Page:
30There are very few things in this world that will send shivers down your spine quite as spiders do. They are consistently ranked among the top fears of most people. Why? It could be that we’ve all experienced walking into a spider’s web and understanding that gross feeling as you try to pull it off, only to pull it apart. Other people don’t like the number of legs that they have and the way they can run so quickly.

While spiders are often a good thing to have because they help to keep other pests at bay, they aren’t always a great asset to have in your trees. In the most extreme cases, they can leave your trees open to other problems. But how can you know if you have an infestation or just a few spiders making their homes there? Here are some of the most common clues we’ve noticed:

The Leaves Have A Sticky Texture

  • The more spiders, the stickier it will get
  • Often coating the leaves
  • The more stressed a tree gets, the stickier it will be

One of the most common signs of a spider infestation is a sticky substance on the leaves of the tree. This substance is called honeydew and it coats the leaves. The insects will deplete the sap and then it looks like the leaves are wet. It eventually will create a dripping effect that will kill the leaves, according to Preservation Tree.

This problem is most likely to be spotted during the summer months when hotter temperatures and droughts will make the problem worse. This isn’t because the tree dries out and the sap gets thicker, but rather that spiders actually hatch more quickly in the summer months than they do other times of the year.

There may be other reasons for the leaves to have a sticky substance on them, so you want to rule out other issues. If you see spiders on your tree in conjunction with the other signs on this list and sticky substances on the leaves, then you can conclude that you have a problem.

By this time, you want to contact a professional to help you treat the infestation, as the tree is already experiencing extreme symptoms.

There Is Black Fungus On Your Trees

Credit: LiCheng Shih

  • Often impacts spruce trees
  • Sometimes, it isn’t a fungus at all
  • Could actually be spider mites

Another problem that you might notice is a black fungus that is on the trunk or branches of your trees. It is important to note that this could appear for any number of reasons and it might not be an issue having to do with spiders. However, if you notice spiders and you see a black fungus on your trees, you can conclude that they are the cause.

This black fungus could be a fungus indeed, or it could be mites. The best thing you can do to tell is to pull some of the black substance off of the trees and put it onto a piece of printer paper. If the specks start to move, they are actually spider mites. This is the best time to treat an infestation because the mites aren’t actively pulling as many nutrients from the tree. According to Gardening Know How, you can simply spray the tree down with some water and that should take care of the mites. You may want to keep checking the tree to see if you’ve eliminated all of them.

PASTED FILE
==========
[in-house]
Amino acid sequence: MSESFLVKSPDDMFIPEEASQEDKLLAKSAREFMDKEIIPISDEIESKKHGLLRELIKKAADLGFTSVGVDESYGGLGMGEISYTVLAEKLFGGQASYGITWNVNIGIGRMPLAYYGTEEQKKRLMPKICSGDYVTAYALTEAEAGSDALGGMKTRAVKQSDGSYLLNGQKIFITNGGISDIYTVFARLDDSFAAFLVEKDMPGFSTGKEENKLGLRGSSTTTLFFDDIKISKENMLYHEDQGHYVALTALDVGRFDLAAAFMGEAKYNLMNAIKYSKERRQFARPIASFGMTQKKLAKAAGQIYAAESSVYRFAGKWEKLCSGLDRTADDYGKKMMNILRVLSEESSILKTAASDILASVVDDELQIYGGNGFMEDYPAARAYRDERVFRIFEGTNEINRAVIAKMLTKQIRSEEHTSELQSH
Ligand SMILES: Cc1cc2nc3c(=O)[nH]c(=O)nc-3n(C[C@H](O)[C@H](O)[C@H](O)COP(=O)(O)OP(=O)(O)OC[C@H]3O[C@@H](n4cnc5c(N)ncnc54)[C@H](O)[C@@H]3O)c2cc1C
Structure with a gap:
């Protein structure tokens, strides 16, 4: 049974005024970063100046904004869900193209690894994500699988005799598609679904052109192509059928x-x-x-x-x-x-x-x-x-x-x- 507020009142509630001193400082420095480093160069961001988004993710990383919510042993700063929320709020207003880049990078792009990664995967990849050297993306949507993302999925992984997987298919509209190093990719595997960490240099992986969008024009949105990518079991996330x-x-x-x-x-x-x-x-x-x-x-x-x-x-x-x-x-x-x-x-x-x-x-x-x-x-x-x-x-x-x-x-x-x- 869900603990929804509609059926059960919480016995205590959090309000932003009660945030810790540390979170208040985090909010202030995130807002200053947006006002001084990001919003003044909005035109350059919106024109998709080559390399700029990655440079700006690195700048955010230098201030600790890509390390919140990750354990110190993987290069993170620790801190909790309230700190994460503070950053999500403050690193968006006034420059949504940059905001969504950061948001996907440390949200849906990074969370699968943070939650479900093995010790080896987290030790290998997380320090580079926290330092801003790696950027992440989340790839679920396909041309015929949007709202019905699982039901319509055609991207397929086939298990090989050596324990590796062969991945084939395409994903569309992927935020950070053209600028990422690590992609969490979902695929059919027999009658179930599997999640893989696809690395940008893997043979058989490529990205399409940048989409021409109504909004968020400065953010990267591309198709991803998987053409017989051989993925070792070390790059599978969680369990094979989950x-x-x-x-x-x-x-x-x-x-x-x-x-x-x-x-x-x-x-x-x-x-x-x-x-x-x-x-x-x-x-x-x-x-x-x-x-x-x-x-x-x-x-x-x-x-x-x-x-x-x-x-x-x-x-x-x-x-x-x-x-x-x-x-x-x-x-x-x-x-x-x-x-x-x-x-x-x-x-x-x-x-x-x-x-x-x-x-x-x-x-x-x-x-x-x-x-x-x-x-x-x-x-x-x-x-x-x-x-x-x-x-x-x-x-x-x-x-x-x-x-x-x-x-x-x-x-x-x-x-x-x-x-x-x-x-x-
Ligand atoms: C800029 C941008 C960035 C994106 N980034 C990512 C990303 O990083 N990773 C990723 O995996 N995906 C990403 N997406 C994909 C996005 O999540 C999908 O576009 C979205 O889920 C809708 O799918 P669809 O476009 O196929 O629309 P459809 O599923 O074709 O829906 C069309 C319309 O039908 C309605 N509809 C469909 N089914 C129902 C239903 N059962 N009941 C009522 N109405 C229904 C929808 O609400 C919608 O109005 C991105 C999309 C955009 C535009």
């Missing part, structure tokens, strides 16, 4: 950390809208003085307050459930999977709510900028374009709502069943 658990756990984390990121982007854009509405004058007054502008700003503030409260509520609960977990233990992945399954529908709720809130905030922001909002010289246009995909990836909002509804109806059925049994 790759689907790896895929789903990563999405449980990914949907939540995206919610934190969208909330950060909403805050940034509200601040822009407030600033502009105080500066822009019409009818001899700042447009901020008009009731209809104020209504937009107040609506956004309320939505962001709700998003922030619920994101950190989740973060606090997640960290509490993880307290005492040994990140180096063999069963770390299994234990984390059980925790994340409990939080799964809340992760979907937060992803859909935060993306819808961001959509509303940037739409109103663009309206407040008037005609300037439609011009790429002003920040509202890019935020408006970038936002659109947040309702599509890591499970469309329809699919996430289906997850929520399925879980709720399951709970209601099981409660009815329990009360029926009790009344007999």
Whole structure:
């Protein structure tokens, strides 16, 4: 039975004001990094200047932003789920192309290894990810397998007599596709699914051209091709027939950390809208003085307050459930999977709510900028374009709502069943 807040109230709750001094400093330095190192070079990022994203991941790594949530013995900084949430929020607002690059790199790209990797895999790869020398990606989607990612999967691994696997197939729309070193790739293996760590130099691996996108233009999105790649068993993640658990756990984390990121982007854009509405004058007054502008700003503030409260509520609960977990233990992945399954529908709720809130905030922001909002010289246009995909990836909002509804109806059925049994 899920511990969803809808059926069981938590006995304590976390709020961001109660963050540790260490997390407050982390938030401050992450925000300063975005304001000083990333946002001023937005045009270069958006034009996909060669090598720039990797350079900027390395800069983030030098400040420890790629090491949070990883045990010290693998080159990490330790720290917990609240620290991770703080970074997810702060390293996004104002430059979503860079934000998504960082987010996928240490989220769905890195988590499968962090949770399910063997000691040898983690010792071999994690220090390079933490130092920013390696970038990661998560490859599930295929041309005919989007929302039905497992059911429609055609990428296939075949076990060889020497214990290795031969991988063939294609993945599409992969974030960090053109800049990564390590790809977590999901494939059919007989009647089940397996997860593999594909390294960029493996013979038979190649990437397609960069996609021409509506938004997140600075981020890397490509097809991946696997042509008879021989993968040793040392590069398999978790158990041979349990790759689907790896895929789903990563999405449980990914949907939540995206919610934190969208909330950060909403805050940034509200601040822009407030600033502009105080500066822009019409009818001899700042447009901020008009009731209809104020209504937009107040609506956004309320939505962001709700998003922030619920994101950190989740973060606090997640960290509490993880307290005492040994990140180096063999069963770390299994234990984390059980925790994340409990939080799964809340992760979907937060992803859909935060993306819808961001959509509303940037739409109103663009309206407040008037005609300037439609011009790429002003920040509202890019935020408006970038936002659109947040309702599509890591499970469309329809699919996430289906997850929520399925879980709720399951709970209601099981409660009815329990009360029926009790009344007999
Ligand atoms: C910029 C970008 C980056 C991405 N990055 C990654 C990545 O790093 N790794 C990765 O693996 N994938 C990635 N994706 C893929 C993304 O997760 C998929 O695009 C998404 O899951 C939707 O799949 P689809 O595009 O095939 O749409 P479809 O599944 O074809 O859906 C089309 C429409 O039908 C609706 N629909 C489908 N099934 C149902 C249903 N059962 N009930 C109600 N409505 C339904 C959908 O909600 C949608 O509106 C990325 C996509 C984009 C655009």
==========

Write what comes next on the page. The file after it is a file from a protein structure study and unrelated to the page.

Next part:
If you haven’t, your trees may require a harsher treatment that should only be applied by a professional.

You’ve Noticed An Increase In Sap

Credit: TSUinternational Tarleton

  • Common for mites
  • Can also lead to the sap on the leaves
  • Common in trees with needles

Another issue that you may notice is that there is simply more sap on your trees. This sap is extremely sticky and if you track it, you will see that it shrinks in size fairly quickly. This is a tricky situation, as many people think there isn’t a problem because the sap goes away. However, that is because the sap is actually feeding the spider mites. If your trees produce more sap than usually and the sap moves around the tree, it is probably because you have spider mites.

One of the more natural approaches to handling spiders is effective in this situation, according to Forest Pests. You can purchase Lady Beetles. They explain: “Lady beetles, which can be purchased in gallon containers from several biocontrol companies, can help control mite populations. Release lady beetles or encourage their propagation by reducing the use of insecticides and establishing a variety of plants in nursery borders. Predatory mites, an anthrocorid bug, and predaceous thrips also afford some natural biological control of spider mites.”

The Leaves Are Curled & Have Yellow Spots


  • This could be a sign of many problems
  • Usually, this occurs in a late stage infestation
  • Common sign in shrubs as well

Love The Garden points out that yellowing, curled leaves are the most common sign of an advanced infestation on trees ranging from shrubs to fully grown shade trees. It is a sign that something has gone wrong and the tree is trying to fight a losing battle against something. This typically doesn’t occur in trees solely because of spider infestations. Instead, it happens when trees are also fighting off other problems such as drought, fungus, or even other infestations.

The yellowed leaves will start to show near the biggest source of the problem and then work themselves outward. You will first notice the problem on the underside of the leaves, where you may see a white cast. Work quickly if you see this problem emerge.

If you are looking for a tree care professional in Southern Ontario, give Van Till Tree Care a call today at (705) 653-3777. We will help you to better understand your trees and advise you on particular issues with your high risk trees. We can help you with many other issues that you might find among your trees – from the very top of the tree to the roots, no matter how old they are.

Header photo credit: Keith Roper

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